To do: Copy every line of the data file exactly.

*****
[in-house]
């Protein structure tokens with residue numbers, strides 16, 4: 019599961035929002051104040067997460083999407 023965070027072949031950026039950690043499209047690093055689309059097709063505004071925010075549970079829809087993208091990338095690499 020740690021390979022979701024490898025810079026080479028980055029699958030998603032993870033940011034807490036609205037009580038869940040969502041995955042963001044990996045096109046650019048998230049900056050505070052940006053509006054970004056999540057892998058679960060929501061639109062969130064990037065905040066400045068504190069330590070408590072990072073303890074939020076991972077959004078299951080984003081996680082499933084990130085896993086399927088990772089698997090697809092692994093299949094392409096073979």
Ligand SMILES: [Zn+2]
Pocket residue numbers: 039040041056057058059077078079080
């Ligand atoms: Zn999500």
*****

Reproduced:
[in-house]
């Protein structure tokens with residue numbers, strides 16, 4: 019599961035929002051104040067997460083999407 023965070027072949031950026039950690043499209047690093055689309059097709063505004071925010075549970079829809087993208091990338095690499 020740690021390979022979701024490898025810079026080479028980055029699958030998603032993870033940011034807490036609205037009580038869940040969502041995955042963001044990996045096109046650019048998230049900056050505070052940006053509006054970004056999540057892998058679960060929501061639109062969130064990037065905040066400045068504190069330590070408590072990072073303890074939020076991972077959004078299951080984003081996680082499933084990130085896993086399927088990772089698997090697809092692994093299949094392409096073979």
Ligand SMILES: [Zn+2]
Pocket residue numbers: 039040041056057058059077078079080
């Ligand atoms: Zn999500």